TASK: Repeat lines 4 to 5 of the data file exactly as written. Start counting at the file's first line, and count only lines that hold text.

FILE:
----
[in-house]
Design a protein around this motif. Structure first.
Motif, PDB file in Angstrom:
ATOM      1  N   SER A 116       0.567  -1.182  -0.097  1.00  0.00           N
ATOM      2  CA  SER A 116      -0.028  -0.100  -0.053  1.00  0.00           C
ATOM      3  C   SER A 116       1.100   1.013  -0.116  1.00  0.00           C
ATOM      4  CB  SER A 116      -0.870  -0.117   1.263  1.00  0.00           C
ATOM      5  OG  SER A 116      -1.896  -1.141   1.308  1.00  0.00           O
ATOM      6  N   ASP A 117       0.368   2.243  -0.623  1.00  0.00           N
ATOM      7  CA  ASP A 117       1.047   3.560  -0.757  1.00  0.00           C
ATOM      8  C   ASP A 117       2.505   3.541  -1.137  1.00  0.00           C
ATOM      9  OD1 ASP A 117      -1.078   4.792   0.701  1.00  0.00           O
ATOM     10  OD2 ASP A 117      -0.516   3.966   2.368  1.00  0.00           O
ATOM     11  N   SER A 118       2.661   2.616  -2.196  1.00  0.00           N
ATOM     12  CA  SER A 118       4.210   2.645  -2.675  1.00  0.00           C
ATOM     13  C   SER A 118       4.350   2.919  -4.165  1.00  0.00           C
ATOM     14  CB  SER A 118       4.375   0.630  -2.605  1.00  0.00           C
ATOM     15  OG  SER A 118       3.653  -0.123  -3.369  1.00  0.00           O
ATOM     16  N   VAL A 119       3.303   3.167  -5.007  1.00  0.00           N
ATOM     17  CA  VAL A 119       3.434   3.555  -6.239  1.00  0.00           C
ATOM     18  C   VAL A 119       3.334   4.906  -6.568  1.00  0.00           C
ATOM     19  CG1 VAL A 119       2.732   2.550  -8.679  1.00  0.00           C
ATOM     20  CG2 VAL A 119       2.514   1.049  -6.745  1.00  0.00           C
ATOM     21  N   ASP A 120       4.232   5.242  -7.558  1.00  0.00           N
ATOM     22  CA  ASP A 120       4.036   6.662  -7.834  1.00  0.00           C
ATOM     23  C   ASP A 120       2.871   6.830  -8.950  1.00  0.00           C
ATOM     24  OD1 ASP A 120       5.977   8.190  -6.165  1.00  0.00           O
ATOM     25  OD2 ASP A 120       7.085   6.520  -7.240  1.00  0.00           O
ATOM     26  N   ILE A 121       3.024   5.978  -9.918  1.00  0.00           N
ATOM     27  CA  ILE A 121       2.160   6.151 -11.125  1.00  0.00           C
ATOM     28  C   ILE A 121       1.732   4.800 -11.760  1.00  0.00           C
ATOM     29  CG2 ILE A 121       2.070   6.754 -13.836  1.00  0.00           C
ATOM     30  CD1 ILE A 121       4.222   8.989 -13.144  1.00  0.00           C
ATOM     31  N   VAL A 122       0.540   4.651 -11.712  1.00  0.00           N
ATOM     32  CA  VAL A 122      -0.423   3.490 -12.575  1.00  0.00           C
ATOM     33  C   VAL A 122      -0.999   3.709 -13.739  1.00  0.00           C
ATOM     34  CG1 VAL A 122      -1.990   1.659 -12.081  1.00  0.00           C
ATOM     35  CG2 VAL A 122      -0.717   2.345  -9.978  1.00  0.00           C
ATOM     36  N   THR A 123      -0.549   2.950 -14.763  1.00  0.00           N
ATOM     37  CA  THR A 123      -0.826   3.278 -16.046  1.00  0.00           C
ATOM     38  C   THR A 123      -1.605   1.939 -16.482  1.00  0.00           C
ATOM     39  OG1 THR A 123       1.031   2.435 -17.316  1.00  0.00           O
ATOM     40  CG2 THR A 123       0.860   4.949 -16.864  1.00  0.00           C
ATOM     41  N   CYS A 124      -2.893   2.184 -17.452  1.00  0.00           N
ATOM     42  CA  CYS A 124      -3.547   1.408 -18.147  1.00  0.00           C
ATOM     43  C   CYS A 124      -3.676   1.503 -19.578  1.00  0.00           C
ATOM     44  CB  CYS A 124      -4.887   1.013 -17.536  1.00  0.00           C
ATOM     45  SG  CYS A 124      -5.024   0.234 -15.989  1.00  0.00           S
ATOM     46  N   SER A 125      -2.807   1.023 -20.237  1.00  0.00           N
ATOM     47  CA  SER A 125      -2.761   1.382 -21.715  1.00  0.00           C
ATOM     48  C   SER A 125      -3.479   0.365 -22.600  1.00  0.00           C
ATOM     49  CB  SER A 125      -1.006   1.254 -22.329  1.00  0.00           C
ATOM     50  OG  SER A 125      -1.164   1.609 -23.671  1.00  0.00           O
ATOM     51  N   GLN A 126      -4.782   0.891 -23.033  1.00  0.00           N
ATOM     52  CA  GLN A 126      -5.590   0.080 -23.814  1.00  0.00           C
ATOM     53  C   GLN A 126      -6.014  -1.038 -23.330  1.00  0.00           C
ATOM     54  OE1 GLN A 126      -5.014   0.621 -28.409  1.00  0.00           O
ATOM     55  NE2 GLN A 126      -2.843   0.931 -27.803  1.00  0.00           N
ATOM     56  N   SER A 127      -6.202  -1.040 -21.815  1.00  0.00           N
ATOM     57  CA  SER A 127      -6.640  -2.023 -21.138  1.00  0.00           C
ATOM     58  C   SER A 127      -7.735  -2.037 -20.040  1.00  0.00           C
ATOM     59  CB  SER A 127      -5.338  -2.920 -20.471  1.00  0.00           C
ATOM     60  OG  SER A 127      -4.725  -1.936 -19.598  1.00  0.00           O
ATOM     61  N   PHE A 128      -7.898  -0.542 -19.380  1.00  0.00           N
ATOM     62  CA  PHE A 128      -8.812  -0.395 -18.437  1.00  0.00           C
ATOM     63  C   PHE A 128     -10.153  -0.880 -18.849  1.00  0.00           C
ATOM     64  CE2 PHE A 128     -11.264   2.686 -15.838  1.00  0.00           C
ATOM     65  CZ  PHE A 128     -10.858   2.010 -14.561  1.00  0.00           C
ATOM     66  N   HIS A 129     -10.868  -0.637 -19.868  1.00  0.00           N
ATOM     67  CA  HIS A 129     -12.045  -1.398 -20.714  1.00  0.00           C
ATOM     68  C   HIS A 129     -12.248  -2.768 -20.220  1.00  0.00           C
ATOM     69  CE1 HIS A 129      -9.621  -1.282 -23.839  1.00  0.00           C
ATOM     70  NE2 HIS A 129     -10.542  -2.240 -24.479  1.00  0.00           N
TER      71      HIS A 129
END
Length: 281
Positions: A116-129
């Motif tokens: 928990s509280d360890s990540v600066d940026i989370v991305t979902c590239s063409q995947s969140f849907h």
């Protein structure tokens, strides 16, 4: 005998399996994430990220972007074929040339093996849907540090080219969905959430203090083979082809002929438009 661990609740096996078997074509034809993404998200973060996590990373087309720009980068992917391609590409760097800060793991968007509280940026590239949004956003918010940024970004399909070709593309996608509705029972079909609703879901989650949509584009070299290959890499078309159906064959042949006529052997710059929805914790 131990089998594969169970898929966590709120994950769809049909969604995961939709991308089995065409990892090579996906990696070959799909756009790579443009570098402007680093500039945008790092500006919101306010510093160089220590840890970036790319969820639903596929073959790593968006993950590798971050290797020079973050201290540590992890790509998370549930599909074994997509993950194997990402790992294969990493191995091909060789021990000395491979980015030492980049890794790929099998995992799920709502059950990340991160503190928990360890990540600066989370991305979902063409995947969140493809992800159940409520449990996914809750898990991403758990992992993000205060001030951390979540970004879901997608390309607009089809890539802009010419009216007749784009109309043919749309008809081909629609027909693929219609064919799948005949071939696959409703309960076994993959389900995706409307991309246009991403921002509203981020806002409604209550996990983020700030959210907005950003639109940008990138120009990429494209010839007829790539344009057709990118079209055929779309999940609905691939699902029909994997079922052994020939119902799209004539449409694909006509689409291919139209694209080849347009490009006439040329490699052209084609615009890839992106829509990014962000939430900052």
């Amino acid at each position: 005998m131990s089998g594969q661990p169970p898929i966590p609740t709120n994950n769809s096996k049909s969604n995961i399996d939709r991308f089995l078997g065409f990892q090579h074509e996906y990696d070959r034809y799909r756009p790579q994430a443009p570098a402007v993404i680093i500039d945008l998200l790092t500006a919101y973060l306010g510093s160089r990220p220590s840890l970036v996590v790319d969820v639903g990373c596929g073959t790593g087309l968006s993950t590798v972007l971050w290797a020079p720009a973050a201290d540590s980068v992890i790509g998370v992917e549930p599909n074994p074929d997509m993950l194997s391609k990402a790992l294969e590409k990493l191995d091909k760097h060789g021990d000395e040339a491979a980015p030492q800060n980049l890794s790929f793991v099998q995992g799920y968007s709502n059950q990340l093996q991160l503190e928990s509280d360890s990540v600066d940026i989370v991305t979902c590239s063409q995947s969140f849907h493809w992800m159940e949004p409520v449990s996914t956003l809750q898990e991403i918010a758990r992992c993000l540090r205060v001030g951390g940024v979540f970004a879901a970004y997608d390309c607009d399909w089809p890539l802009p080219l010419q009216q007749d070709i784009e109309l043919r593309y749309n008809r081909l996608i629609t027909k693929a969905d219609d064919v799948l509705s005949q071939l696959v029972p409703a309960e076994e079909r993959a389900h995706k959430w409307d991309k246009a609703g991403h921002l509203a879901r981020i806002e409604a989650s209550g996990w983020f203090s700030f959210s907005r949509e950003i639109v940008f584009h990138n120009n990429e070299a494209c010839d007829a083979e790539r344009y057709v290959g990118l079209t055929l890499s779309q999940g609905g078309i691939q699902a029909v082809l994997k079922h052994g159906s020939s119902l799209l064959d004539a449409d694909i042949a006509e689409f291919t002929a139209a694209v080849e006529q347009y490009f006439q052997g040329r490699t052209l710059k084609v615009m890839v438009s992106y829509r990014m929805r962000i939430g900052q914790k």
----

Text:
ATOM      1  N   SER A 116       0.567  -1.182  -0.097  1.00  0.00           N
ATOM      2  CA  SER A 116      -0.028  -0.100  -0.053  1.00  0.00           C